Music is a little like food and clothes. These are areas where it’s probably worthwhile for one to explore & expand their tastes. The Playlist is assembled each month by Dappered’s very own music correspondent, Tim Johnstone. Tim is a former Virgin Records Label Rep & current award winning Program Director at KRVB, which was awarded the FMQB AAA station of the year markets 50+. You can also catch his work on Fridays when he assembles the Weekend Dossier. Got a Spotify account? You’ll find a link to this month’s playlist at the end of the post.
This is exactly the kind of thing Ryan Adams haters hate the most about Ryan Adams. The man seems to do nothing but make music and he has a talent for timely reactions to the musical zeitgeist of any given moment. So his decision to record a version of Taylor Swift’s 1989 (one of those occasional cultural phenomenons so all consuming you can’t escape from it even if you try) raised few eyebrows. When he said he remade the album in the style of The Smiths, people noticed. Then he actually released the whole thing. And damn if it isn’t pretty good.
Well, considering the strings swell in the most Bondian manner from the outset, it’s sets the scene immediately. We have a Bond theme here people. But while it takes some time to get back to the flourishes that provide the context, Smith has in the meantime worked his acrobatic voice from verse to chorus and back with ease, sweeping right along with the relatively sparse arrangement. It’s haunting in a way these songs normally aren’t. And it gets better every time you hear it.
If there was an editor’s note for this entry it would say: “They sure can make some wonderfully slimy yet charming shit, can’t they?” Yes. Yes they can.
Oh hell yes. Missy gets it going and Miss Jackson takes off with it. Take note ladies. This is how you do it.
Well hello boys. Super nice to have you back. And to find out that you still got it. This features everything we appreciated about you guys in the first place. This is slinky. This is sexy. Can’t wait to hear the whole album.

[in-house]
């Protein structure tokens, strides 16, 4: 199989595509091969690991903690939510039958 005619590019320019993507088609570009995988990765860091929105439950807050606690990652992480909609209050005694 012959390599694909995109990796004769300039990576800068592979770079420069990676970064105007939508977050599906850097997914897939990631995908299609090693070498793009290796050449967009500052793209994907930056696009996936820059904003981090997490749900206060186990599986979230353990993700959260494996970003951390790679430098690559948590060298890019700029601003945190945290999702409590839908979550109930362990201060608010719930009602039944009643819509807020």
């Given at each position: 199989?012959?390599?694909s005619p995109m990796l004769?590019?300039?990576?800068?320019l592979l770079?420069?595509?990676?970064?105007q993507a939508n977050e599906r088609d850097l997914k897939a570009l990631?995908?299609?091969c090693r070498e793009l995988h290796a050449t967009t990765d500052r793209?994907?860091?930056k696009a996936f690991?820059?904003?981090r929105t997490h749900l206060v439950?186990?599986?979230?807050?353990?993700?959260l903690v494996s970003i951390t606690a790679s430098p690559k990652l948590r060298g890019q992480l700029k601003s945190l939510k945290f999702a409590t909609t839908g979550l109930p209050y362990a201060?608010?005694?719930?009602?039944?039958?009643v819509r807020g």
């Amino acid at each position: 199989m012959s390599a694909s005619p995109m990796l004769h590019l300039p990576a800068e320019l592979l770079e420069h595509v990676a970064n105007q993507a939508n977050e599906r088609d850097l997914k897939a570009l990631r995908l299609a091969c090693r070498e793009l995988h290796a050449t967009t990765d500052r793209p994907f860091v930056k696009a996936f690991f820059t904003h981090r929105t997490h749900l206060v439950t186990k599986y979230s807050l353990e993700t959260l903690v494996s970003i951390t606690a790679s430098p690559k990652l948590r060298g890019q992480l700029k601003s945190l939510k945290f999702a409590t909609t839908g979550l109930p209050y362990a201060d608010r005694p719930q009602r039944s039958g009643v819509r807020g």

While everyone seems to be talking (and buying) Ryan Adams’ 1989 cover release, Jack Antonoff of Bleachers got to make the version of “Strange Desires” that he had heard in his head. Antonoff explained that he always writes his songs with a female singer in mind, and to that end he enlisted the help of Sara Bareilles, Sia, Charlie XCX, Carly Rae Jepsen, Elle King, Lucius and more. And all of a sudden it’s 1981 and it’s Kim Wilde and Rodney on The ROQ and John Hughes movies and MTV. Besides that, it provides a deeper appreciation of the source material from a songwriting standpoint. Also, it’s free.
This progressive metal band from Milton Keynes, England have led the Djent subgenre. Fans of the band are happy to have one of their former lead singers back for this new album. The band is not afraid of melodies and Daniel Tompkin’s vocals, layered with harmonies, fit perfectly atop the Cinemascope qualities of the music.
Dave Gahan and Soul Seekers – “All Of This And Nothing”
Depeche Mode’s lead singer heads back to the studio with producers Soulsavers for his latest release. Soulsavers provides a rich background for Gahan’s famed voice. It’s much more organic than most Depeche Mode projects and, with this single at least, sounds faintly Americana Gothic. This works for me, especially much of the backing instrumentation and arrangements. Doesn’t appear to be available for purchase yet.
Well this was unexpected. Aggressive and textured, this Brighton based band slips between intensities and various levels of rock within moments.
This sounds like a lovely lost John Lennon song. A somewhat understated return from Jeff Lynne, this initial track is from ELO’s first major album in over a decade. The vocals are relatively unadorned. And it holds much promise for the forthcoming full-length.
THE CLASSIC: The Faces – “Stay With Me”
Before Rod Stewart OD’ed on leopard skin tights and MTV and saw his mojo assassinated in the 80’s, he led one of the best rock and roll bands in existence. This is visceral. The fuzz is as thick as the pile shag carpets of the era. And it still resonates.
For previous editions of The Playlist, see the growing archive here.
Click here for the Spotify playlist.